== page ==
The TCM Spotlight for May is "Order in the Court," a series of 21 courtroom dramas airing on Wednesdays. TCM host Ben Mankiewicz will be joined by his brother Josh to host this series.

A COVID-era "I Miss..." theme on Thursdays will focus on films about things we've been doing without for the past year, such as parties, theater, travel, and concerts.

Below are just a few of the May highlights. Please click on any hyperlinked title in order to read my complete review.

...One of the first films showing on May 2nd is the charming
DEAR HEART (1964), starring Glenn Ford and Geraldine Page. I just caught with this gentle romance for the first time last year and really enjoyed it. Recommended.

...On May 3rd the first film in the "Movie Roberts" series, appropriately enough, features not one, not two, but three actors named Robert: CROSSFIRE (1947), with Mitchum, Ryan, and Young. I just revisited this film last month for the first time in years and was impressed.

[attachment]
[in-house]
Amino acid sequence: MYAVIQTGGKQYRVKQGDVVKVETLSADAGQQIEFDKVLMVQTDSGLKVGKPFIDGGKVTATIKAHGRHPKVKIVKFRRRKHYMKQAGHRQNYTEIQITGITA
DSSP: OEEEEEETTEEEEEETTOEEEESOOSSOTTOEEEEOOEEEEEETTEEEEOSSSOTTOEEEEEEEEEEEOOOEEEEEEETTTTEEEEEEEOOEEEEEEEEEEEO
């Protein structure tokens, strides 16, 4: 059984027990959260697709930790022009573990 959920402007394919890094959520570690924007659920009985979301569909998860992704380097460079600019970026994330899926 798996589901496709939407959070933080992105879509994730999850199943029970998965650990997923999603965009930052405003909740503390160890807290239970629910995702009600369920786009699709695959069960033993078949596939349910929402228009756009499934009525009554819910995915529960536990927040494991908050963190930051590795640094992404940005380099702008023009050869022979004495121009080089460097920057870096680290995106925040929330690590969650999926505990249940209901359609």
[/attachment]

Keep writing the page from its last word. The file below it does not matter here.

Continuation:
...A quintet of Esther Williams films on May 4th includes one of my favorites, DUCHESS OF IDAHO (1950), costarring Van Johnson and John Lund.

...The first night of "Order in the Court" on May 6th includes the little-known but enjoyable CRIMINAL COURT (1946), directed by Robert Wise and starring Tom Conway and Martha O'Driscoll. It runs a quick 63 minutes and is a fun "B" film.

...On May 10th, the first day after the conclusion of the virtual TCM Fest, there's still lots of great viewing ahead, with a day-long birthday tribute to Fred Astaire. Eight films are featured, including the underrated THE SKY'S THE LIMIT (1943), costarring Joan Leslie (at right). The Mercer-Arlen score includes "One for My Baby" and the Oscar-nominated "My Shining Hour."

...The "Robert" films on the evening of May 10th include Robert Preston in THE MUSIC MAN (1962) and Robert Cummings in the delightful PRINCESS O'ROURKE (1943) with Olivia de Havilland.